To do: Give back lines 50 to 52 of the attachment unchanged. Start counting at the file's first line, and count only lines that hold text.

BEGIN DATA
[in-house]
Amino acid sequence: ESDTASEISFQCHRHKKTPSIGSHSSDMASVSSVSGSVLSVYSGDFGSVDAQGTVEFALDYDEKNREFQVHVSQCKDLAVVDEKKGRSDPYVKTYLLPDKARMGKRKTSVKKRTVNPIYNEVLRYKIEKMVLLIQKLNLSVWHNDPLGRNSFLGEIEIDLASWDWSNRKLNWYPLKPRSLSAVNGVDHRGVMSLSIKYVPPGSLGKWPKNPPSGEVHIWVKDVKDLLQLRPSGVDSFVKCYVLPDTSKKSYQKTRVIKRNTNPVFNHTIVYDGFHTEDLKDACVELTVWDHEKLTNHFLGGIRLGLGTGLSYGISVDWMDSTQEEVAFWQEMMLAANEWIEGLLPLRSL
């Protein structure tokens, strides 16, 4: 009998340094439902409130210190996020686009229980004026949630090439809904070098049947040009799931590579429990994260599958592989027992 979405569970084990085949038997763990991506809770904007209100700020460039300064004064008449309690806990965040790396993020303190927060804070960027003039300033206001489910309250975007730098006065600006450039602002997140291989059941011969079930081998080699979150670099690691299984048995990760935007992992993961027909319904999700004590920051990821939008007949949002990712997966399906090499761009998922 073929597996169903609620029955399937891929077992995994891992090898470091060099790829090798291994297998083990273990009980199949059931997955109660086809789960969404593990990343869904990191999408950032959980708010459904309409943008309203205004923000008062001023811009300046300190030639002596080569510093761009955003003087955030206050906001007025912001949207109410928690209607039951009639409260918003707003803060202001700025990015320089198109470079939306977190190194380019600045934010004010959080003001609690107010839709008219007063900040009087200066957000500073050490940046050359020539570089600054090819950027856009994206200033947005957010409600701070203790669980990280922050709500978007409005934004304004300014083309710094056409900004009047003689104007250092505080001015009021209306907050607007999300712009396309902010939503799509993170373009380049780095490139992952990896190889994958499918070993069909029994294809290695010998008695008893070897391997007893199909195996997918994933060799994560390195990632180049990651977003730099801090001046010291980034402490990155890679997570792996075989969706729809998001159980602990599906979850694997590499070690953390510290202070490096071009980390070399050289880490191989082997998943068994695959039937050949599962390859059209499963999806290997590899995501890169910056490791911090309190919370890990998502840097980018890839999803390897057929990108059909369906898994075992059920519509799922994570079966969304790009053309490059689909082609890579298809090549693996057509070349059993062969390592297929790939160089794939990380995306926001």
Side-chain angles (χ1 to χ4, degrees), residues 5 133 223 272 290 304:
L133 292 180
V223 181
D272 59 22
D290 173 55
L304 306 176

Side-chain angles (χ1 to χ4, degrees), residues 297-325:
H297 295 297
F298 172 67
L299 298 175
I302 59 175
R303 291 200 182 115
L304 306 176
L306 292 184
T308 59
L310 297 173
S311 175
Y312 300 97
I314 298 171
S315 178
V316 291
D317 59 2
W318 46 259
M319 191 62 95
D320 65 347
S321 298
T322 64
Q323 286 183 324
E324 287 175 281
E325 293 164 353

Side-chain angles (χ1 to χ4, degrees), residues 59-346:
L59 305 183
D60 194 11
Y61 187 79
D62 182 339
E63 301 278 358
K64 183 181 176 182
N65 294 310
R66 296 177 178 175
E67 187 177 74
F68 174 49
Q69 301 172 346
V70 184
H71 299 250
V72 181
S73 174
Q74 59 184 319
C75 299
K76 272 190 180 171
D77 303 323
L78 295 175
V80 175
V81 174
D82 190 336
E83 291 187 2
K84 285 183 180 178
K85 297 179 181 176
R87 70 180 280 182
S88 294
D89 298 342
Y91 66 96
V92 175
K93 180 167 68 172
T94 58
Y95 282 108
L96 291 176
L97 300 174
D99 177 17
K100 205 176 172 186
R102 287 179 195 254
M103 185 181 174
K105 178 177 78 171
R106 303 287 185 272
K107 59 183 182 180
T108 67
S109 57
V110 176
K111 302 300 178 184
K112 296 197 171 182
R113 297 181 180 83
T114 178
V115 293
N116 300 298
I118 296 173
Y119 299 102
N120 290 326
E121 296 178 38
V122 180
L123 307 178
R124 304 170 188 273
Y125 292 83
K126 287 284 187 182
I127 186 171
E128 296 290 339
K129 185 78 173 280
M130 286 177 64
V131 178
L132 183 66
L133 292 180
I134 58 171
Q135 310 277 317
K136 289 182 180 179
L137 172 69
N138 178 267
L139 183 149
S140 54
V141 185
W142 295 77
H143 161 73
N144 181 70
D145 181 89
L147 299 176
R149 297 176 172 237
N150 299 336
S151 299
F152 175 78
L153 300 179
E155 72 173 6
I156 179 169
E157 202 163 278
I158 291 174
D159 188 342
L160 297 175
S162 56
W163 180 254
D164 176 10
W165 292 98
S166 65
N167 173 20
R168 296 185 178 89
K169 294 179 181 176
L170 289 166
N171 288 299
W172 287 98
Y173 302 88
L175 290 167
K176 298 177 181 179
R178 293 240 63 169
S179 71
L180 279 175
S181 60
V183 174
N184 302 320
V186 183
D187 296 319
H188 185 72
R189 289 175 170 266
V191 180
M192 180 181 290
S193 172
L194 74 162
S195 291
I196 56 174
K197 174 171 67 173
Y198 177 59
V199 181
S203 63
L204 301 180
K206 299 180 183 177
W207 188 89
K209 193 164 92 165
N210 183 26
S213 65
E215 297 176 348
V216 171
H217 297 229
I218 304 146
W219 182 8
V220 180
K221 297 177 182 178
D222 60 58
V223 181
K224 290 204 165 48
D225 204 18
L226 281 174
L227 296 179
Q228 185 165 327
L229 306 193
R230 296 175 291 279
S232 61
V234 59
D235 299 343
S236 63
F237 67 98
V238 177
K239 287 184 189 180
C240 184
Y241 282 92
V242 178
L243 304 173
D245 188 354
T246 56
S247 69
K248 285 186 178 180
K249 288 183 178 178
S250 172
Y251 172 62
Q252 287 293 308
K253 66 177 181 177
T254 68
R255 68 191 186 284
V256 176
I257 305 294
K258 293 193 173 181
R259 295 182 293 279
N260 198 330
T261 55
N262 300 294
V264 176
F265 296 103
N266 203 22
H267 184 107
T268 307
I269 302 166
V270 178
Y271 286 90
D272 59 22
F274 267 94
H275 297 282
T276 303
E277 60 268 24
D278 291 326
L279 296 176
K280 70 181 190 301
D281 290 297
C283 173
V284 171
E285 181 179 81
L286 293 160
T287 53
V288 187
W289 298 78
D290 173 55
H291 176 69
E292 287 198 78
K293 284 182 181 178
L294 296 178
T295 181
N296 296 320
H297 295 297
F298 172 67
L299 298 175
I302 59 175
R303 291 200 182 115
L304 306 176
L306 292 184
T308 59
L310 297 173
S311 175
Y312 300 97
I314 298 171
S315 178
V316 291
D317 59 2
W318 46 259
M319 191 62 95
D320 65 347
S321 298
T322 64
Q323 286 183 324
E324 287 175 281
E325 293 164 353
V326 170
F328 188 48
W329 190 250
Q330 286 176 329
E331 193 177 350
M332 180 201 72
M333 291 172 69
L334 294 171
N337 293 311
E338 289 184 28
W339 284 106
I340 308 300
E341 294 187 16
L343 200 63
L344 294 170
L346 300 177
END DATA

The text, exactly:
Q74 59 184 319
C75 299
K76 272 190 180 171